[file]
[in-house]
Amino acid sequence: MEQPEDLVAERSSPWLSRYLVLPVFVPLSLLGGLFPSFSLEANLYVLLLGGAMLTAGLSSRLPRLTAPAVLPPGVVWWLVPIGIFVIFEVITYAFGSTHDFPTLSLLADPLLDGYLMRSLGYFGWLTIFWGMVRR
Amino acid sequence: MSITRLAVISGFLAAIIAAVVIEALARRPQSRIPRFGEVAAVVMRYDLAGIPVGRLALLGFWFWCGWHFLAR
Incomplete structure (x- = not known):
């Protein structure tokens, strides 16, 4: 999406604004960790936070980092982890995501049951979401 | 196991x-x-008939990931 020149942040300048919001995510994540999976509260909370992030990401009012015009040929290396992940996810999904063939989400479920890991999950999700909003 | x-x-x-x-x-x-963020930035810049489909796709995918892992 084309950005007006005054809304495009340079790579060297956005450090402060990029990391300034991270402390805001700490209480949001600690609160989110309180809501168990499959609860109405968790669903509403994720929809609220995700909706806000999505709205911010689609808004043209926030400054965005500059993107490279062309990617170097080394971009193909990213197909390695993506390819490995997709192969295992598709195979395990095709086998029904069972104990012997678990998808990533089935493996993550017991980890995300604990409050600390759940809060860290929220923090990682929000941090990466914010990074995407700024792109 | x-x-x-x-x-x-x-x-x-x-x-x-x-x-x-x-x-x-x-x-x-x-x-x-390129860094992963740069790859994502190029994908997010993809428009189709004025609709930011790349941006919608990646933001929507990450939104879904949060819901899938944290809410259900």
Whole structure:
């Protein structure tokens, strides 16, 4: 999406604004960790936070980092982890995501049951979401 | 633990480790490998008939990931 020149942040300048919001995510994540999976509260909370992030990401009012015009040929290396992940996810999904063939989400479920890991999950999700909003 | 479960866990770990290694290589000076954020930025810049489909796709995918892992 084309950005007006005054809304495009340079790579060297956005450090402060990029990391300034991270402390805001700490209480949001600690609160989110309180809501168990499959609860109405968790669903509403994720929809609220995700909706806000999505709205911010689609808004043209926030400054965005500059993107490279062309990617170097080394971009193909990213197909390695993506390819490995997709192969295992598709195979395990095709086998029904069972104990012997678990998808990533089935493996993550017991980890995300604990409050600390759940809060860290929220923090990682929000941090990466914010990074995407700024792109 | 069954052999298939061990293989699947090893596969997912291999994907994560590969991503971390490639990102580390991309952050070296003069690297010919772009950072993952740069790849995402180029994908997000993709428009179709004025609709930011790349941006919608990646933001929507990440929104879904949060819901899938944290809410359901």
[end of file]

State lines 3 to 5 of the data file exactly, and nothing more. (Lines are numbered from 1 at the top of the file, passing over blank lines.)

Amino acid sequence: MSITRLAVISGFLAAIIAAVVIEALARRPQSRIPRFGEVAAVVMRYDLAGIPVGRLALLGFWFWCGWHFLAR
Incomplete structure (x- = not known):
């Protein structure tokens, strides 16, 4: 999406604004960790936070980092982890995501049951979401 | 196991x-x-008939990931 020149942040300048919001995510994540999976509260909370992030990401009012015009040929290396992940996810999904063939989400479920890991999950999700909003 | x-x-x-x-x-x-963020930035810049489909796709995918892992 084309950005007006005054809304495009340079790579060297956005450090402060990029990391300034991270402390805001700490209480949001600690609160989110309180809501168990499959609860109405968790669903509403994720929809609220995700909706806000999505709205911010689609808004043209926030400054965005500059993107490279062309990617170097080394971009193909990213197909390695993506390819490995997709192969295992598709195979395990095709086998029904069972104990012997678990998808990533089935493996993550017991980890995300604990409050600390759940809060860290929220923090990682929000941090990466914010990074995407700024792109 | x-x-x-x-x-x-x-x-x-x-x-x-x-x-x-x-x-x-x-x-x-x-x-x-390129860094992963740069790859994502190029994908997010993809428009189709004025609709930011790349941006919608990646933001929507990450939104879904949060819901899938944290809410259900």